# 5.3: Continuity Equation

- Page ID
- 699

In this chapter and the next three chapters, the conservation equations will be applied to the control volume. In this chapter, the mass conservation will be discussed. The system mass change is

\[

\dfrac{D\,m_{sys}}{Dt} = \dfrac{D}{Dt} \int_{V_{sys}} \rho dV = 0

\label{mass:eq:Dmdt}

\tag{1}

\]

The system mass after some time, according Figure 5.1, is made of

\[

m_{sys} = m_{c.v.} + m_a - m_{c}

\label{mass:eq:mSysAfter}

\tag{2}

\]

The change of the system mass is by definition is zero. The change with time (time derivative of equation (??) results in

\[

0 = \dfrac{D\,m_{sys}}{Dt} = \dfrac{d\,m_{c.v.}}{dt} + \dfrac{d\, m_a}{dt} - \dfrac{d\,m_{c}}{dt}

\label{mass:eq:mSysAfterdt} \tag{3}

\]

The first term in equation (??) is the derivative of the mass in the control volume and at any given time is

\[

\label{mass:eq:masst}

\dfrac{d\,m_{c.v.} (t)}{dt} = \dfrac{d}{dt} \int_{V_{c.v.}}\rho\,dV \tag{4}

\]

and is a function of the time.

*
Fig. 5.3 Schematics of velocities at the interface.*

The interface of the control volume can move. The actual velocity of the fluid leaving the control volume is the relative velocity (see Figure 5.3). The relative velocity is

\[

\overrightarrow{U_r} = \overrightarrow{U_f} - \overrightarrow{U_{b}}

\label{mass:eq:relativeU} \tag{5}

\]

Where \(U_f\) is the liquid velocity and \(U_b\) is the boundary velocity (see Figure 5.3). The velocity component that is perpendicular to the surface is

\[

\label{mass:eq:reltiveA}

U_{rn} = -\hat{n}\cdot \overrightarrow{U_r} = U_r \, \cos \theta \tag{6}

\]

Where \(\hat{n}\) is an unit vector perpendicular to the surface. The convention of direction is taken positive if flow out the control volume and negative if the flow is into the control volume. The mass flow out of the control volume is the system mass that is not included in the control volume. Thus, the flow out is

\[

\label{mass:eq:madta}

\dfrac{d\, m_a}{dt} = \int_{S_{cv}} \rho_s \,U_{rn} dA \tag{7}

\]

It has to be emphasized that the density is taken at the surface thus the subscript \(s\). In the same manner, the flow rate in is

\[

\label{mass:eq:madtb}

\dfrac{d\, m_b}{dt} = \int_{S_{c.v.}} \rho_s\,U_{rn} dA \tag{8}

\]

It can be noticed that the two equations (??) and (??) are similar and can be combined, taking the positive or negative value of \(U_{rn}\) with integration of the entire system as

\[

\label{mass:eq:mdtCombine}

\dfrac{d\, m_a}{dt} - \dfrac{d\, m_b}{dt} = \int_{S_{cv}} \rho_s\,U_{rn} \, dA \tag{9}

\]

applying negative value to keep the convention. Substituting equation (??) into equation (??) results in

Continuity

\[

\label{mass:eq:intS}

\dfrac{d}{dt} \int_{c.v.} \rho_s dV =

-\int_{S_{cv}} \rho\,U_{rn} \, dA \tag{10}

\]

Equation (??) is essentially accounting of the mass. Again notice the negative sign in surface integral. The negative sign is because flow out marked positive which reduces of the mass (negative derivative) in the control volume. The change of mass change inside the control volume is net flow in or out of the control system.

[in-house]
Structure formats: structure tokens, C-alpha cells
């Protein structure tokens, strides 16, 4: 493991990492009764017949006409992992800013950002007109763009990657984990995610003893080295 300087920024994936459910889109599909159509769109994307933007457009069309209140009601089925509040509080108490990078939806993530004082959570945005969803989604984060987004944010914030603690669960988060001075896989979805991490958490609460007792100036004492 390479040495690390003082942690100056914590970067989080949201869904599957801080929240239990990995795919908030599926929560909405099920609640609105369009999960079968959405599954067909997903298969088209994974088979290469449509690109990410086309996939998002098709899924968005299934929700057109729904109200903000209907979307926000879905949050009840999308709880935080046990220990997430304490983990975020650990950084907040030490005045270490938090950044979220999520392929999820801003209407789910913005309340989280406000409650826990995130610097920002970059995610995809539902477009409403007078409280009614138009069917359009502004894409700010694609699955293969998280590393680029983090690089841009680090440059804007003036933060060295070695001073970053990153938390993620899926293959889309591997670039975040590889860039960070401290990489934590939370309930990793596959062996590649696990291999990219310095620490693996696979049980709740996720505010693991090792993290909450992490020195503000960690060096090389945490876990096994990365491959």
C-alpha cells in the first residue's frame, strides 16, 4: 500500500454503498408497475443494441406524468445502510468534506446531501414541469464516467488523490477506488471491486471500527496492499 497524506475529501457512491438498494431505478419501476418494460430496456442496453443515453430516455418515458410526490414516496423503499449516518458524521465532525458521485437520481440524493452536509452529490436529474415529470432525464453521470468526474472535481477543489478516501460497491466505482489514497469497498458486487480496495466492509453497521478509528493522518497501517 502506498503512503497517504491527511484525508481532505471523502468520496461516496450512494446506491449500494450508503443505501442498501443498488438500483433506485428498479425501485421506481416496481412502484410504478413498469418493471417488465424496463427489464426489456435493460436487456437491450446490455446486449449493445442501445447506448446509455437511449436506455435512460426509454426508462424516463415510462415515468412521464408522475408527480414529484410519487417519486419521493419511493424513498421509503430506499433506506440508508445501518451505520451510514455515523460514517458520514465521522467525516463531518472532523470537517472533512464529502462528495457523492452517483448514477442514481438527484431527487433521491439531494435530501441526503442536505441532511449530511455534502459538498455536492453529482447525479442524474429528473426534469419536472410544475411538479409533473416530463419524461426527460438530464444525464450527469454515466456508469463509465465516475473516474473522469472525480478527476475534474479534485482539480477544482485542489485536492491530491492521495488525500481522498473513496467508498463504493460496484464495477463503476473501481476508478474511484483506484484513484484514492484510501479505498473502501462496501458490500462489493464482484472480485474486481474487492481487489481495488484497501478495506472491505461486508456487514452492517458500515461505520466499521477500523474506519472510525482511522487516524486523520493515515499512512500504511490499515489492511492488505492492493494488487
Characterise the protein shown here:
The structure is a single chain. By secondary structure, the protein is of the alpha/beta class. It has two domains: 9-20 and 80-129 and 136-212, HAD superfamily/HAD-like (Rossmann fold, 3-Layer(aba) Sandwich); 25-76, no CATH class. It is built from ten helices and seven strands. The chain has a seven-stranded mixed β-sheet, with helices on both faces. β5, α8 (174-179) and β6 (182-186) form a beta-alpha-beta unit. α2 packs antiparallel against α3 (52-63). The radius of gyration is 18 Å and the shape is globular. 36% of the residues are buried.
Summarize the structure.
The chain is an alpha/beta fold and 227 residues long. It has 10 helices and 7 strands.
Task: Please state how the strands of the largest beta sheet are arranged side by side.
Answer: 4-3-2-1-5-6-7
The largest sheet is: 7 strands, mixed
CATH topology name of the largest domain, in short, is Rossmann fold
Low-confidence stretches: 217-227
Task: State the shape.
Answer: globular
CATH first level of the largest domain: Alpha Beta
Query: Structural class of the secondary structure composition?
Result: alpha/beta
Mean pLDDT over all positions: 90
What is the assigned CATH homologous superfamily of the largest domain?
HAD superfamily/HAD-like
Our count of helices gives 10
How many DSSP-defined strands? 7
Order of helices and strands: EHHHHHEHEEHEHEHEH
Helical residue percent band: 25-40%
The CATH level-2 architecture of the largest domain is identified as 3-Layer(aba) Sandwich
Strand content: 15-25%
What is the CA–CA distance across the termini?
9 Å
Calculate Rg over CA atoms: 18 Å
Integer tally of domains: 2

Fig. 5.4 Schematics of flow in in pipe with varying density as a function time for example 5.1.}

The next example is provided to illustrate this concept.

Example 5.1

The density changes in a pipe, due to temperature variation and other reasons, can be approximated as

\[

\nonumber

\dfrac{\rho(x,t)}{\rho_0} = \left( 1 - \dfrac{x}{L\dfrac{}{}}\right)^2 \cos {\dfrac{t}{t_0}}. \tag{11}

\]

The conduit shown in Figure 5.4 length is \(L\) and its area is \(A\). Express the mass flow in and/or out, and the mass in the conduit as function of time. Write the expression for the mass change in the pipe.

Solution 5.1

Here it is very convenient to choose a non-deformable control volume that is inside the conduit \(dV\) is chosen as \(\pi\,R^2\,dx\). Using equation (??), the flow out (or in) is

\begin{align*}

\dfrac{d}{dt} \int_{c.v.} \rho dV =

\dfrac{d}{dt} \int_{c.v.}

\overbrace{\rho_0 \left(1 - \dfrac{x}{L} \right)^2 \cos\left( \dfrac{t}{t_0} \right)} ^{\rho(t)}

\overbrace{\pi\,R^2\, dx}^{dV}

\end{align*}

The density is not a function of radius, \(r\) and angle, \(\theta\) and they can be taken out the integral as

\begin{align*}

\dfrac{d}{dt} \int_{c.v.} \rho dV =

\pi\,R^2 \dfrac{d}{dt} \int_{c.v.}\rho_0 \left(1-\dfrac{x}{L\dfrac{}{}} \right)^2 \cos \left(

\dfrac{t}{t_0 \dfrac{}{}}\right) dx

\end{align*}

which results in

\begin{align*}

\text{Flow Out} = \overbrace{ \pi\,R^2}^{A}

\dfrac{d}{dt} \int_{0}^{L} \rho_0 \left(1-\dfrac{x}{L \dfrac{}{}}\right)^2 \cos {\dfrac{t}{t_0}} dx =

- \dfrac{\pi\,R^2\,L\, \rho_0}{3\,t_0} \, \sin\left( \dfrac{t}{t_0} \right)

\end{align*}

The flow out is a function of length, \(L\), and time, \(t\), and is the change of the mass in the control volume.

### Contributors

Dr. Genick Bar-Meir. Permission is granted to copy, distribute and/or modify this document under the terms of the GNU Free Documentation License, Version 1.2 or later or Potto license.